So I’m intrigued by how often e.g. God in the Bible says, ‘Don’t be afraid’. There’s a deep spiritual, existential dimension to this. Who or what do we place our trust in, our confidence in? What enables us to muster courage, to take a stance, in the face of our fears? There’s a psychological dimension to this too. How far do we take a breath, reveal our anxieties, take a risk, take courageous steps forward in the face of fear - to build the belief and hope in others that they can do the same?
I write, therefore I think. I guess you could call that Descartes for Introverts. A journal editor contacted me this week to invite me to draft an article. The guidelines propose having a clear idea of content and structure from the outset. I get the point, I see the logic, but I’m aware I don’t write like that. I don’t think I even think like that. Often I don’t know what I think, what I want to say, until I start to write. This means that, for me, writing is an exciting adventure of exploration, discovery and promise. It’s as if each word, each sentence, opens the way for what could emerge, what could surprise, what will reveal itself, next.
I sometimes experience a similar phenomenon when I lead, teach, coach, facilitate. In the past, I would prepare…and prepare…so that I would be, well… – prepared. Now I notice I’m more interested in preparing myself. How to be present, curious, open to the person, open to the group, open to God, open to the moment: noticing what is preoccupying my thoughts, how I am feeling emotionally and physically, what is holding my attention, what I’m not noticing, what stories I’m telling myself. It's about learning to risk just one step forward with awareness, intention and belief in what could unfold, what will become, next.
This attitude, this stance, is invitational by nature. It reaches out to inquire, share, collaborate and co-create. It’s so different to a defensive, defended posture, trying to hold the ‘other’ or the future at bay to protect and preserve. It’s a willingness to be vulnerable, not-know, let go of control, move out and trust. It’s not easy to sustain this state if work and relationships feel pressured and stressed. It's easy to fall back. Yet it can be a place of great fruitfulness, alive and life-giving. It can be a sacred space where love thrives and where hope is truly transformational. It calls for a leap of faith. Just one step. Next.
If you’ve got nothing to say, say it.’ As teenagers at school, we could always tell the teacher was annoyed when he would blurt out these words in exasperation. It was usually when the class was noisy, people chatting away excitedly but paying no attention whatsoever to the teacher at the front. I have to confess that, at the time, its subtlety was lost on us.
We would look at each other across the room, puzzled faces, mouthing silently, ‘It?’ Over many years working as leader, coach and facilitator, however, I have noticed, discovered, the real value of staying silent. As someone with a clear introverted preference, being quiet comes easily to me. However, the silence I’m talking about here isn’t quietness per se but silence as presence – active, engaged, being-with.
Often, silence is associated with absence, avoidance, withdrawal from. You can imagine, for instance, the stony silence that follows an argument or the silence of a bored colleague gazing out of the window during a team meeting. I know extroverted trainers who dread working with introverted participant groups because they find the silence deafening, impenetrable, debilitating.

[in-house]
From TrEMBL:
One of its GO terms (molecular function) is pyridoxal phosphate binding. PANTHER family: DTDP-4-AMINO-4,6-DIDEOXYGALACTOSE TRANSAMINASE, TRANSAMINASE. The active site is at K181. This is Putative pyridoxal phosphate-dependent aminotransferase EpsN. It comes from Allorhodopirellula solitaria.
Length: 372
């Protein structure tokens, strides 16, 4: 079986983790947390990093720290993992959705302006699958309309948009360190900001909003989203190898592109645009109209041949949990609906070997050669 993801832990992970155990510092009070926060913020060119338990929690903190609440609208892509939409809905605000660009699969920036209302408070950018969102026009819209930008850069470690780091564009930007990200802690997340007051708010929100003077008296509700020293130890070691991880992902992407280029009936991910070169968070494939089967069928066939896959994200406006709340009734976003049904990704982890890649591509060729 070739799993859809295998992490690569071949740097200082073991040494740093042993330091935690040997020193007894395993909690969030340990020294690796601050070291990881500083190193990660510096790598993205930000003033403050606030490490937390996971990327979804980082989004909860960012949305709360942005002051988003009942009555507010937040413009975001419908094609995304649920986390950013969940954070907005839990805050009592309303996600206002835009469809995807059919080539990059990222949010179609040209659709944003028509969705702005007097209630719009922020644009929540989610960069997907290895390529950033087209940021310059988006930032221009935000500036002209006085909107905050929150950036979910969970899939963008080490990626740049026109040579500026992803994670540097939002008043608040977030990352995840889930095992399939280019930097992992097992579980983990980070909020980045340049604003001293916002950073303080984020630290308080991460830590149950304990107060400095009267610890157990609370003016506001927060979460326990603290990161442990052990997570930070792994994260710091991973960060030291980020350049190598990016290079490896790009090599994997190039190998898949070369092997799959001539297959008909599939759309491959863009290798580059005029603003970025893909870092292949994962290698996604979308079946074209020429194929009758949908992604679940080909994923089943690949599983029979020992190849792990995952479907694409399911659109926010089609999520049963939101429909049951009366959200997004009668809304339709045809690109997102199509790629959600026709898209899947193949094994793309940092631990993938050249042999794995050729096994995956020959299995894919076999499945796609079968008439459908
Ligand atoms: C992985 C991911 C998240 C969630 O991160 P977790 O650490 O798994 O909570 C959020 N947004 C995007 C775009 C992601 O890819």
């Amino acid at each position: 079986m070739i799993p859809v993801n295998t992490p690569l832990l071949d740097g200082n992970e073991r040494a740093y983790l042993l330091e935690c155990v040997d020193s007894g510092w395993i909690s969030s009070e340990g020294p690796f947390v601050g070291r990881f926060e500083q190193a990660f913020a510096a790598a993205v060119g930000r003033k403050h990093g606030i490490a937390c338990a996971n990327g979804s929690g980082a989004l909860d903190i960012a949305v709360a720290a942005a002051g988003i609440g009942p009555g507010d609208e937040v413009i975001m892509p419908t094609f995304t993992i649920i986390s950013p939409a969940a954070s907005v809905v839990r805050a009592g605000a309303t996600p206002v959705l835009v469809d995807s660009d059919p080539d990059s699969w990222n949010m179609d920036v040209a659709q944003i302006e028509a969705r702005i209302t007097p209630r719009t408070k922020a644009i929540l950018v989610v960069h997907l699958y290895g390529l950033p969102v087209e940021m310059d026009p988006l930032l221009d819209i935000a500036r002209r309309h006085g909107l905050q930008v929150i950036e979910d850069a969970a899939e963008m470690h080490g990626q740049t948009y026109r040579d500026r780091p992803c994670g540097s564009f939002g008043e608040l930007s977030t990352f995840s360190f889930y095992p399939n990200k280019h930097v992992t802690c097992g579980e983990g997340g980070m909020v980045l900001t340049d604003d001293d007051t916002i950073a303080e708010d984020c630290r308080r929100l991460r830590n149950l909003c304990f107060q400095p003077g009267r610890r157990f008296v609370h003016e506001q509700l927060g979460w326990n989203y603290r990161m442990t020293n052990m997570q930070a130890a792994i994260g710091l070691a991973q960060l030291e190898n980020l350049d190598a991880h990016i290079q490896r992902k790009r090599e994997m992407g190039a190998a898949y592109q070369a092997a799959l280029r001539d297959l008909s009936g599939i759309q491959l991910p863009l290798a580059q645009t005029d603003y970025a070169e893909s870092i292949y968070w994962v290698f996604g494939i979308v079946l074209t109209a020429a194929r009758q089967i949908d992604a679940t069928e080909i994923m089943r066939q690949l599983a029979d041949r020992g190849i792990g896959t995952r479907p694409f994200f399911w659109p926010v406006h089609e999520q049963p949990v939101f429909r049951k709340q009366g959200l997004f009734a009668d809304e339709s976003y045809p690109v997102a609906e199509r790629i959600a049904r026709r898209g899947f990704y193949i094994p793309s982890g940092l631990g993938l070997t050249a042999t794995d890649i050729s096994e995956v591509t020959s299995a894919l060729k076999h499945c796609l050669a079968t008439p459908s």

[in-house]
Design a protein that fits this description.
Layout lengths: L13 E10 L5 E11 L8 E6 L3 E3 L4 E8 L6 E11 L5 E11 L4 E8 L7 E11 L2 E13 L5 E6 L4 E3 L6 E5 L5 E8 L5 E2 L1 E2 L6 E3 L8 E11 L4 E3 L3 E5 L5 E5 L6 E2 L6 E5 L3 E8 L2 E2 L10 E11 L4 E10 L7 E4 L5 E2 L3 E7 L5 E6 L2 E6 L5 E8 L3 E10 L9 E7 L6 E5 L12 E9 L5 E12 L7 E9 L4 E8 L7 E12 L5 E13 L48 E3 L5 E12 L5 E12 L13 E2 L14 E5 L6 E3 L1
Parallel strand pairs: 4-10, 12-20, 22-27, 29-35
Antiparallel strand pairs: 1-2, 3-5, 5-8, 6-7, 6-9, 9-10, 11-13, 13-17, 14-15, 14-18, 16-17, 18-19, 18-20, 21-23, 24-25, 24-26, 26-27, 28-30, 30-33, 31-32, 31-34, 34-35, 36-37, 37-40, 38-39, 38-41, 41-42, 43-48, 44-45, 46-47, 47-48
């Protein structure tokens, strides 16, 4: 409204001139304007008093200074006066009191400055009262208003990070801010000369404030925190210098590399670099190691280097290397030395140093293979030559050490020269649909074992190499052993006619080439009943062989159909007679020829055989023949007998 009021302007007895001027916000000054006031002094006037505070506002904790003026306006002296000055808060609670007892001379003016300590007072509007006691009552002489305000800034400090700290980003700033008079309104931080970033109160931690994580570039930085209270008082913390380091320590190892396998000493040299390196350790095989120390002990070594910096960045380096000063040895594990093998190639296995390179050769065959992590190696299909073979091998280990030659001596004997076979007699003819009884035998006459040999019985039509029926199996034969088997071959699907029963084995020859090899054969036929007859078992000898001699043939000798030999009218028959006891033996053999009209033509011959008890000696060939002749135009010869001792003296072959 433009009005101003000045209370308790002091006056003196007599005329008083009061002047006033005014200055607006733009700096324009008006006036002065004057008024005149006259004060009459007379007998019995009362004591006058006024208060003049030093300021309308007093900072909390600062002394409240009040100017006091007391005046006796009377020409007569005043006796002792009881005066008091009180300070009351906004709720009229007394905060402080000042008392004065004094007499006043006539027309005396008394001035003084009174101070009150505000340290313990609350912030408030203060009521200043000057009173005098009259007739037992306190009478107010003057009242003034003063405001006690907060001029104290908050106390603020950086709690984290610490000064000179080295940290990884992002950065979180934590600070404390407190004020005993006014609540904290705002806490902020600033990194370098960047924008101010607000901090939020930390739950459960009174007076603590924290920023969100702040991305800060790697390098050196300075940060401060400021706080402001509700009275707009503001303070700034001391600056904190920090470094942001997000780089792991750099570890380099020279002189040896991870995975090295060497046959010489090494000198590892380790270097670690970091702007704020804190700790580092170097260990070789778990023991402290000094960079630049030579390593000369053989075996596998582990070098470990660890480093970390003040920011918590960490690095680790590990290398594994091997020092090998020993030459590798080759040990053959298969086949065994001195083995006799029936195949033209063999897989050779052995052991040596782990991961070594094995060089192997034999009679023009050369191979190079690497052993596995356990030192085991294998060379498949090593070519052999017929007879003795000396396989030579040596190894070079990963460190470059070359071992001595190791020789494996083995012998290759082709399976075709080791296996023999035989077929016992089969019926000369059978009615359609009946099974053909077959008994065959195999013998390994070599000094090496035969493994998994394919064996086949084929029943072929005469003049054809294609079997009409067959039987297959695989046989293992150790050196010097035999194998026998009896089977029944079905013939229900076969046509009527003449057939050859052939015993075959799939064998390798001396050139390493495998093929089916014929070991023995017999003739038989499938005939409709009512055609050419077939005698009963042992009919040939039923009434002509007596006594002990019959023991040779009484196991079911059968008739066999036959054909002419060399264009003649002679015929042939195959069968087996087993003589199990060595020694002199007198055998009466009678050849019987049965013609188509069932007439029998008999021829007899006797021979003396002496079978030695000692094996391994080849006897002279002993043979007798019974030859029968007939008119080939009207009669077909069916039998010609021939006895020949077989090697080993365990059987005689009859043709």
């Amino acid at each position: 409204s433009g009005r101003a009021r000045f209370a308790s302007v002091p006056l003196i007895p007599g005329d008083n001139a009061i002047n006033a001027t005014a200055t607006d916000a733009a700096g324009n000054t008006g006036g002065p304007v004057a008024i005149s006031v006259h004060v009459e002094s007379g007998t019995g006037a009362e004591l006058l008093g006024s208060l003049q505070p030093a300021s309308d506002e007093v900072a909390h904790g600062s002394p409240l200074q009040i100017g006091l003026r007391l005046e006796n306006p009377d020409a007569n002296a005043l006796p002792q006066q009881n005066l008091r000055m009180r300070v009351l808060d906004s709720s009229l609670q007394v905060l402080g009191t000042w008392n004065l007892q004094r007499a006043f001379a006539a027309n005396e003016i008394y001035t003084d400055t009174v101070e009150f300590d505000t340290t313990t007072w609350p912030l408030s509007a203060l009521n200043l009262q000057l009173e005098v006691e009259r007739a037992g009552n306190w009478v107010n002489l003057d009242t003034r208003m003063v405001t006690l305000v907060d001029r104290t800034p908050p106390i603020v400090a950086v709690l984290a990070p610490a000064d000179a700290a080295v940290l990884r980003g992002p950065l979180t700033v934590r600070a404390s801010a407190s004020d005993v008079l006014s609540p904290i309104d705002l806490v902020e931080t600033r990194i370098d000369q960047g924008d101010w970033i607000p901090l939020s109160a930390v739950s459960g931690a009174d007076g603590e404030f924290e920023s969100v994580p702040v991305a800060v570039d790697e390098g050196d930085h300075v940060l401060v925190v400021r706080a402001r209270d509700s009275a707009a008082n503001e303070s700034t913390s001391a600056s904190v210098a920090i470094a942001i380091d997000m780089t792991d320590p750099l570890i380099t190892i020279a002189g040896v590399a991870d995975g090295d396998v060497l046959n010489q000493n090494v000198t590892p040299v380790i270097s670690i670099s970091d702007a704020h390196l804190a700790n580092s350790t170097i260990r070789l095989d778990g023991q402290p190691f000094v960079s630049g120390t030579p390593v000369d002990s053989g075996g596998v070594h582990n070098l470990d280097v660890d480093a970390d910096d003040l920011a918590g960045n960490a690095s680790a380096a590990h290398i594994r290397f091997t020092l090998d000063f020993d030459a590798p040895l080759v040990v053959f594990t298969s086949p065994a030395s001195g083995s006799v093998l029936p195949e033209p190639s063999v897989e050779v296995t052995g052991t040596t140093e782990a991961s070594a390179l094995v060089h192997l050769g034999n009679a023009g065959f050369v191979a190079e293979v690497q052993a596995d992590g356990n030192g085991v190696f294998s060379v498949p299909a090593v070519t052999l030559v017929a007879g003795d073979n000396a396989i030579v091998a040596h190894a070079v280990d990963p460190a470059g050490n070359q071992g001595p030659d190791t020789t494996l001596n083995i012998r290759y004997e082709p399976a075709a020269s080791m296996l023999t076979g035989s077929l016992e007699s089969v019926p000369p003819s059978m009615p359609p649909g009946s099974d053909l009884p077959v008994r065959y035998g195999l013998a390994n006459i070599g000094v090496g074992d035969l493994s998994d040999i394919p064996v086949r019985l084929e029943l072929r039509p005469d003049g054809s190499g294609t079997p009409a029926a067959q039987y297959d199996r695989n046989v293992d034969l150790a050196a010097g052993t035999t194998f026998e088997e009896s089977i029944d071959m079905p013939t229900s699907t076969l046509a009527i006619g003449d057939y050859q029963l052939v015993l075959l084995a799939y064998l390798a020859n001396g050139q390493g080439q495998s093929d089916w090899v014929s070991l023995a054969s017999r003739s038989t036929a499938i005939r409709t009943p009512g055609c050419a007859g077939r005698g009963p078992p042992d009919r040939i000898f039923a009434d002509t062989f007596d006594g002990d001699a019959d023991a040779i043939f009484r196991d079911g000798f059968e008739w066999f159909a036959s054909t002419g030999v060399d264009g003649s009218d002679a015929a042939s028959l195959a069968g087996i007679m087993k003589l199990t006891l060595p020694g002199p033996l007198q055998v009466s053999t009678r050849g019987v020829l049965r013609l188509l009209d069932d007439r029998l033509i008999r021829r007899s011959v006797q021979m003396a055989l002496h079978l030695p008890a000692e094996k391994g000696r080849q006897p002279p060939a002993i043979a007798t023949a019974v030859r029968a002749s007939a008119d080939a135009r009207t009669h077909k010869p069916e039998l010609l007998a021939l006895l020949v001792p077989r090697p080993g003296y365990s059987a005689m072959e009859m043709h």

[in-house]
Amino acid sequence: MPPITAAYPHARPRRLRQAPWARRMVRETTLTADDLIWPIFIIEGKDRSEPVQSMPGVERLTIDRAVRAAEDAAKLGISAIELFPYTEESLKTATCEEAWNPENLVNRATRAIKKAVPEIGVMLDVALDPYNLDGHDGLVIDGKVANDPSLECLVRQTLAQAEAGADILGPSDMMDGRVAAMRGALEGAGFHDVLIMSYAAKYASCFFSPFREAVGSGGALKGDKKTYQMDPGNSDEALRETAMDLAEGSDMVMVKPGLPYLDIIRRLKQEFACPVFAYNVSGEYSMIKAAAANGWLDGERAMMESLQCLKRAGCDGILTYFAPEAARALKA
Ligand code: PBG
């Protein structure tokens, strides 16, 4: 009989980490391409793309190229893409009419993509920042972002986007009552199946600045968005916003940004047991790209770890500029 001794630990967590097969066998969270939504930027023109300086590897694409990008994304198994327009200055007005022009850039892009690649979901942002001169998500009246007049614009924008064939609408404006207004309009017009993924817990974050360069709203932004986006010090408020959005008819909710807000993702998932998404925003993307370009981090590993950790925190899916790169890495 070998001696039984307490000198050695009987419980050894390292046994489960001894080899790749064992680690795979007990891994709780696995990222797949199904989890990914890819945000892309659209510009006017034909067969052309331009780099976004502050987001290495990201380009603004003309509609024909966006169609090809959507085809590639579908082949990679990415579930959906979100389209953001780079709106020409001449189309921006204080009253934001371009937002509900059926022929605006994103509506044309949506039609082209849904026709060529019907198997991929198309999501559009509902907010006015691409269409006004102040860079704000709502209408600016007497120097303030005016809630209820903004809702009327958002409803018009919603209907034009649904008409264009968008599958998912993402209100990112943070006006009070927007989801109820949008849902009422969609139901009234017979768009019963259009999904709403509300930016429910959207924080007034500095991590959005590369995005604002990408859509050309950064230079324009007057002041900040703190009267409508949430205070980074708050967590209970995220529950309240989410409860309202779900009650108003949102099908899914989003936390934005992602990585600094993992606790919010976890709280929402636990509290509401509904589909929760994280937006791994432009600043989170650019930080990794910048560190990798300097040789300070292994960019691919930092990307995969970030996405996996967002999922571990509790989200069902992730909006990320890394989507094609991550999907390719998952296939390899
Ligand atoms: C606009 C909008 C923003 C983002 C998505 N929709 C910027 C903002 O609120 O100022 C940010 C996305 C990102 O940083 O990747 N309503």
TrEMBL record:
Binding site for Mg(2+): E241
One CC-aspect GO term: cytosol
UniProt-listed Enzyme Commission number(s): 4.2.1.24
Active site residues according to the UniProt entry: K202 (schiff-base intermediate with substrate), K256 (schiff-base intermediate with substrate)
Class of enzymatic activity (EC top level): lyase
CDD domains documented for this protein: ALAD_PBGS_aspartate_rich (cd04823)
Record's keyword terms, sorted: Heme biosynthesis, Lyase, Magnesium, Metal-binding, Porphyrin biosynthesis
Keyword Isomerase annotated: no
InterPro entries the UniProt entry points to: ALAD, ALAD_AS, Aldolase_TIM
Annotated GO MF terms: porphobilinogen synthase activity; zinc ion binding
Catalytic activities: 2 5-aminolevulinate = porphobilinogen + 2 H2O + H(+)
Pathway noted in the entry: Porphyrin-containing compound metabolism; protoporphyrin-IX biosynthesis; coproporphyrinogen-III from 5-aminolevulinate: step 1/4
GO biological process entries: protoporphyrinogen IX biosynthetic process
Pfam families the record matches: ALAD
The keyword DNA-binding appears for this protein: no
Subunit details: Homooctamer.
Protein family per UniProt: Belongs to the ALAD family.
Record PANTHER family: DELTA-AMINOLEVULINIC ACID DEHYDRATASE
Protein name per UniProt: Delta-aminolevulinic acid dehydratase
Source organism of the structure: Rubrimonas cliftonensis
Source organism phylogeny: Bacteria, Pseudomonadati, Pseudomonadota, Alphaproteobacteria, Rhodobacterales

The silence I’m talking about, though, is a deliberate space, choosing contact with another person or a group (or God) rather than filling that space with our words. It’s a silence that invites the other, assures the other of our attention and believes that that connection, that quality of relationship itself, can be transformative. It’s about offering ourselves – and believing that is enough.
When I first started out in my career, I was keen to make a difference through my efforts and concerned about how others would perceive me. I felt I had to speak to convince others of my worthwhile-ness, to show that I had something useful to say. It was all about displaying and asserting my own knowledge and experience. Over time, however, I discovered that my speaking was sometimes, paradoxically, counter-productive.
As a leader, it could inhibit others from speaking their own words. As a coach and facilitator, it could be a distraction, an interference. I realised that awakening and building the best in others often involves silence, listening, genuine curiosity and care. It entails pausing before stepping in, allowing the silence to do its own work.
My silence allows me to not-know. It allows me space to listen, truly listen, to the sound behind a person’s voice; the silent, vibrant, resonating sound of deeply-held beliefs and values, unspoken questions, hopes and fears. My attention, my presence, supports the other person as a human being, nurturing what is within to emerge, to rise to the surface and, in doing so, it affirms something of my own humanity too.
Of course, silence itself is not the only quality that matters in our work. There are times where we do need to speak up, to share and show what we think, feel and believe. Nevertheless, silence can evoke the space, the environment, the conditions, the opportunity, for creative conversation, energetic dialogue and a dynamic way forward.
Nick is a psychological coach, trainer and OD consultant with over 20,000 followers on LinkedIn. How can I help you? Get in touch! firstname.lastname@example.org